Elon Musk's tweet on Crimea is all wrong - opinion

Elon Musk tweeted at the beginning of October that "Crimea is formally part of Russia" and he could not be more wrong.

 Elon Musk's assertion that Crimea is 'formally part of Russia as it has been since 1783,' is totally wrong, says the writer. (photo credit: MIKE BLAKE/REUTERS)
Elon Musk's assertion that Crimea is 'formally part of Russia as it has been since 1783,' is totally wrong, says the writer.
(photo credit: MIKE BLAKE/REUTERS)

Elon Musk’s by-now infamous tweet on how to achieve peace in Ukraine stated: “Crimea is formally part of Russia as it has been since 1783. (Until Khrushchev’s mistake).”

He is totally wrong about that. As Michael Sheitelman, an Israeli writer living in Kyiv has observed, Crimea has never really been part of Russia, or rather of an independent state called the Russian Federation, in which Vladimir Putin is president (for life).

In a very similar way, it can’t be said that the Republic of Austria, created in its current state in 1955, controlled the Czech Republic, Slovakia, Hungary or Bosnia. Those territories were part of the great Hapsburg empire which, partly by conquest and partly by dynastic marriages, owned all those territories as well as a number of others, including at various points, Spain, Portugal, Belgium and much of the western hemisphere. Austria was not a sovereign country but one of the lands of the Hapsburg empire.

The Crimea-Russian history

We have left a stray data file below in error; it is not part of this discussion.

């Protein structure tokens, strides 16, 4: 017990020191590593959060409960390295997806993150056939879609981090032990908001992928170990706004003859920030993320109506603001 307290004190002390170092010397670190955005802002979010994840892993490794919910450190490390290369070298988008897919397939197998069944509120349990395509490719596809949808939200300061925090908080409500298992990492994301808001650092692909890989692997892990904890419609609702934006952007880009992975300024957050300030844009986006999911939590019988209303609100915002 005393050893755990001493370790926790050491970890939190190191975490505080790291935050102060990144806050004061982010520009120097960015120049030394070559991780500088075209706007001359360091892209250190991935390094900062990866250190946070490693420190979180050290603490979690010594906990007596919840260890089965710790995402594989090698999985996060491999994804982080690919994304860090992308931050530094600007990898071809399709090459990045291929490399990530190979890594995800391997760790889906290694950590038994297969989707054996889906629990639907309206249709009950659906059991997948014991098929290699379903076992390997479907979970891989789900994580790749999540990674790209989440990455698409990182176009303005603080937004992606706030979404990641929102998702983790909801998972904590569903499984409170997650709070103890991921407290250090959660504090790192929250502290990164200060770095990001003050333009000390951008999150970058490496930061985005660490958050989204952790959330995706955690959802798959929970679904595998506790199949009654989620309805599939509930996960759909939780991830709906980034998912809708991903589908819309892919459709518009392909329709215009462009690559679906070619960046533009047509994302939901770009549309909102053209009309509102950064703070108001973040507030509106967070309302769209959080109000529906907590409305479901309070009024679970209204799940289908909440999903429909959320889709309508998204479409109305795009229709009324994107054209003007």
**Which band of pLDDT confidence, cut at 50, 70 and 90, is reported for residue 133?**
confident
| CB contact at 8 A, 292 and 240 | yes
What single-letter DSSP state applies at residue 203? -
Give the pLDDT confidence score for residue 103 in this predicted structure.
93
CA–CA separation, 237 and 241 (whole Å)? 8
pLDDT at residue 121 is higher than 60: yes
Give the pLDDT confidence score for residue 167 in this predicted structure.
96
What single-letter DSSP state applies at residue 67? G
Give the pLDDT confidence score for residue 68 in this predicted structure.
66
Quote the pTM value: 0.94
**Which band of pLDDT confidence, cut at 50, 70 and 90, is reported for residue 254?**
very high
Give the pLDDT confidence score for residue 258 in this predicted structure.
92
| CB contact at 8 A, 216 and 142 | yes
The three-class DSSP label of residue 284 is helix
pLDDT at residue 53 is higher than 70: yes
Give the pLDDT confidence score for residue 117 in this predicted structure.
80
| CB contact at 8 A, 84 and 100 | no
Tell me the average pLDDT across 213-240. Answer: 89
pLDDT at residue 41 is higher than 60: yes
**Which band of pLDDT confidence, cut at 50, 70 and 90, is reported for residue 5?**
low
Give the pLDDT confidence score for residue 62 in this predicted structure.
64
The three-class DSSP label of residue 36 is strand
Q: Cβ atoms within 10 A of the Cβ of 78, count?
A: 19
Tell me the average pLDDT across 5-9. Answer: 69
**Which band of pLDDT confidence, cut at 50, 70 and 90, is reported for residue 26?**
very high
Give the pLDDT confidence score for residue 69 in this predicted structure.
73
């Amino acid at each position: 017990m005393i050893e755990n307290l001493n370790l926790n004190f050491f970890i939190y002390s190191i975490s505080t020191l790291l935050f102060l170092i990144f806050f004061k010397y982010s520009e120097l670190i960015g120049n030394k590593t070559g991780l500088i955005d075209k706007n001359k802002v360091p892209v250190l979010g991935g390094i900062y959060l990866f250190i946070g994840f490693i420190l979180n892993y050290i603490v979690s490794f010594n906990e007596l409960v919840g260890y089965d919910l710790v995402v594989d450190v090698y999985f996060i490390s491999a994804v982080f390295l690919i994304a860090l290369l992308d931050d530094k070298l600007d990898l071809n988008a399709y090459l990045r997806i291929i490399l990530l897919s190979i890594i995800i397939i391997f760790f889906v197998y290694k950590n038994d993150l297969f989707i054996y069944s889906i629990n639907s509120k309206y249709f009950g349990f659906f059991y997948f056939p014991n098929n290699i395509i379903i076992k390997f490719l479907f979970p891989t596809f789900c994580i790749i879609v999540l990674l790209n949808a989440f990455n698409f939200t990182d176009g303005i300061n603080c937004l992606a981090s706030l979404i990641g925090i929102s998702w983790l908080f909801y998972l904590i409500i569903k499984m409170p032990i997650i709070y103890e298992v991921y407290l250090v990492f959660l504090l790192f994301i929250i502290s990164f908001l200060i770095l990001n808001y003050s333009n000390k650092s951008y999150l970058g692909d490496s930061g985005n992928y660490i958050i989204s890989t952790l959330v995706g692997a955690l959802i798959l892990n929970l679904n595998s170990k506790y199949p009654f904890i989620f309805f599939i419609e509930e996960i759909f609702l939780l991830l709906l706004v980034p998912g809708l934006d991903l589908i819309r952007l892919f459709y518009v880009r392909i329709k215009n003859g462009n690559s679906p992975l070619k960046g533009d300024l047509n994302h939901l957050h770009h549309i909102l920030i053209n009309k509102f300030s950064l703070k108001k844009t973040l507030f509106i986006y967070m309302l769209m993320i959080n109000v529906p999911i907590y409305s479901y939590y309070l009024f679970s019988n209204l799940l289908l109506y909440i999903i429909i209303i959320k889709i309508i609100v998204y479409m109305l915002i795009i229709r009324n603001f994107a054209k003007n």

Elon Musk Twitter account is seen through Twitter logo in this illustration taken, April 25, 2022. (credit: DADO RUVIC/REUTERS ILLUSTRATION) Elon Musk Twitter account is seen through Twitter logo in this illustration taken, April 25, 2022. (credit: DADO RUVIC/REUTERS ILLUSTRATION)

Thus Crimea was part of the Romanov empire or Russia of the tsar. Empress Catherine II added Crimea to the Romanov’s territorial possessions in 1783. But since Russia was equally part of the Romanov empire, Musk could have easily declared that the Russian Federation has been part of Crimea since 1783, and part of Ukraine since 1654, which is when Moscow took over Ukraine.

In other words, Crimea has never been part of the Russian Federation. Moreover, since both countries were created for the first time in 1991, the Russian Federation recognized Ukraine in its current borders in a number of treaties and was paying Kyiv rent for its naval base in Crimea until the 2014 annexation. 

The 1994 Budapest Memorandum, moreover, committed Russia not to use military force or economic pressure against Ukraine when Ukraine agreed to adhere to the Nuclear Non-Proliferation Treaty and give up its Soviet-era nukes.

When Empress Catherine conquered Crimea for her empire, it was populated by Crimean Tatars. That population – including women and children – was summarily deported from the peninsula in 1944 on Stalin’s spurious charge of collaborating with the Nazi occupation. Other people suffered the same collective punishment, including the Chechens, but they were eventually allowed by the Soviet authorities to return to their homelands.